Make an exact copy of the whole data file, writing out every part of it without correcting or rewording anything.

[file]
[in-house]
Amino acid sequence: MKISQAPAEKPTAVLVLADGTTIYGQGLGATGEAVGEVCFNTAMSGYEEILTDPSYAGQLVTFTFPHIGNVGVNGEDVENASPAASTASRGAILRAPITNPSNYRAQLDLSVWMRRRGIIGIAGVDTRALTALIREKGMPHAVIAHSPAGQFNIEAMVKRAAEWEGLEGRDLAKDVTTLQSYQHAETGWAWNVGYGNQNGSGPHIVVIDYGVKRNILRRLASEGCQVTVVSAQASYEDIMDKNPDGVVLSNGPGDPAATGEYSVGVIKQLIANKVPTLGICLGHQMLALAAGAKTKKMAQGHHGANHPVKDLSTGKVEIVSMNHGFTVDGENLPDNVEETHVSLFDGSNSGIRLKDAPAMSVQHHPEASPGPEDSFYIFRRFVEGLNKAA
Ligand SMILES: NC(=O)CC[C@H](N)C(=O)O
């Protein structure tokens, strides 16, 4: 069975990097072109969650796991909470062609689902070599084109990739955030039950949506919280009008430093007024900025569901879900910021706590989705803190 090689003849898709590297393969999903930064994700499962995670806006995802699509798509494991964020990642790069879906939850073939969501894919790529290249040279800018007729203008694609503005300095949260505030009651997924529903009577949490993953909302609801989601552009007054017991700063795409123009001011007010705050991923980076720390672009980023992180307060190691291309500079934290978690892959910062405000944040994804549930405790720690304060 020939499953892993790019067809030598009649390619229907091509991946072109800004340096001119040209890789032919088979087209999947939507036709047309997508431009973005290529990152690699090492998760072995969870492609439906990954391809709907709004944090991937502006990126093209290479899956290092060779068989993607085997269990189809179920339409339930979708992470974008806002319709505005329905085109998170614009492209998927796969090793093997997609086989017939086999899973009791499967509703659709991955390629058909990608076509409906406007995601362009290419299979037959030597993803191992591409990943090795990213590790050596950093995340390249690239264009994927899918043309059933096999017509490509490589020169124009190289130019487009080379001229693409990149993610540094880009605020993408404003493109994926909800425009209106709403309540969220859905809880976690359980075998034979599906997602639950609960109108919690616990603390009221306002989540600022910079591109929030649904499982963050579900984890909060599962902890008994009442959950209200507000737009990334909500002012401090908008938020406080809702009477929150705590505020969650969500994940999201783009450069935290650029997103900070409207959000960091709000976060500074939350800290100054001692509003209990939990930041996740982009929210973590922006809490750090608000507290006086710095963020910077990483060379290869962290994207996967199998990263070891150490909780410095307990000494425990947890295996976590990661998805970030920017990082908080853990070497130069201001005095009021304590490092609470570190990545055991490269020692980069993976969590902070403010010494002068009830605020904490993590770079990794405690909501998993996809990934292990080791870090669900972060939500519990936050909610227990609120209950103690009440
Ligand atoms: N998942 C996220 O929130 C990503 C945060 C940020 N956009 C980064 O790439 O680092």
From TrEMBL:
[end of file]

[in-house]
Amino acid sequence: MKISQAPAEKPTAVLVLADGTTIYGQGLGATGEAVGEVCFNTAMSGYEEILTDPSYAGQLVTFTFPHIGNVGVNGEDVENASPAASTASRGAILRAPITNPSNYRAQLDLSVWMRRRGIIGIAGVDTRALTALIREKGMPHAVIAHSPAGQFNIEAMVKRAAEWEGLEGRDLAKDVTTLQSYQHAETGWAWNVGYGNQNGSGPHIVVIDYGVKRNILRRLASEGCQVTVVSAQASYEDIMDKNPDGVVLSNGPGDPAATGEYSVGVIKQLIANKVPTLGICLGHQMLALAAGAKTKKMAQGHHGANHPVKDLSTGKVEIVSMNHGFTVDGENLPDNVEETHVSLFDGSNSGIRLKDAPAMSVQHHPEASPGPEDSFYIFRRFVEGLNKAA
Ligand SMILES: NC(=O)CC[C@H](N)C(=O)O
């Protein structure tokens, strides 16, 4: 069975990097072109969650796991909470062609689902070599084109990739955030039950949506919280009008430093007024900025569901879900910021706590989705803190 090689003849898709590297393969999903930064994700499962995670806006995802699509798509494991964020990642790069879906939850073939969501894919790529290249040279800018007729203008694609503005300095949260505030009651997924529903009577949490993953909302609801989601552009007054017991700063795409123009001011007010705050991923980076720390672009980023992180307060190691291309500079934290978690892959910062405000944040994804549930405790720690304060 020939499953892993790019067809030598009649390619229907091509991946072109800004340096001119040209890789032919088979087209999947939507036709047309997508431009973005290529990152690699090492998760072995969870492609439906990954391809709907709004944090991937502006990126093209290479899956290092060779068989993607085997269990189809179920339409339930979708992470974008806002319709505005329905085109998170614009492209998927796969090793093997997609086989017939086999899973009791499967509703659709991955390629058909990608076509409906406007995601362009290419299979037959030597993803191992591409990943090795990213590790050596950093995340390249690239264009994927899918043309059933096999017509490509490589020169124009190289130019487009080379001229693409990149993610540094880009605020993408404003493109994926909800425009209106709403309540969220859905809880976690359980075998034979599906997602639950609960109108919690616990603390009221306002989540600022910079591109929030649904499982963050579900984890909060599962902890008994009442959950209200507000737009990334909500002012401090908008938020406080809702009477929150705590505020969650969500994940999201783009450069935290650029997103900070409207959000960091709000976060500074939350800290100054001692509003209990939990930041996740982009929210973590922006809490750090608000507290006086710095963020910077990483060379290869962290994207996967199998990263070891150490909780410095307990000494425990947890295996976590990661998805970030920017990082908080853990070497130069201001005095009021304590490092609470570190990545055991490269020692980069993976969590902070403010010494002068009830605020904490993590770079990794405690909501998993996809990934292990080791870090669900972060939500519990936050909610227990609120209950103690009440
Ligand atoms: N998942 C996220 O929130 C990503 C945060 C940020 N956009 C980064 O790439 O680092």
From TrEMBL: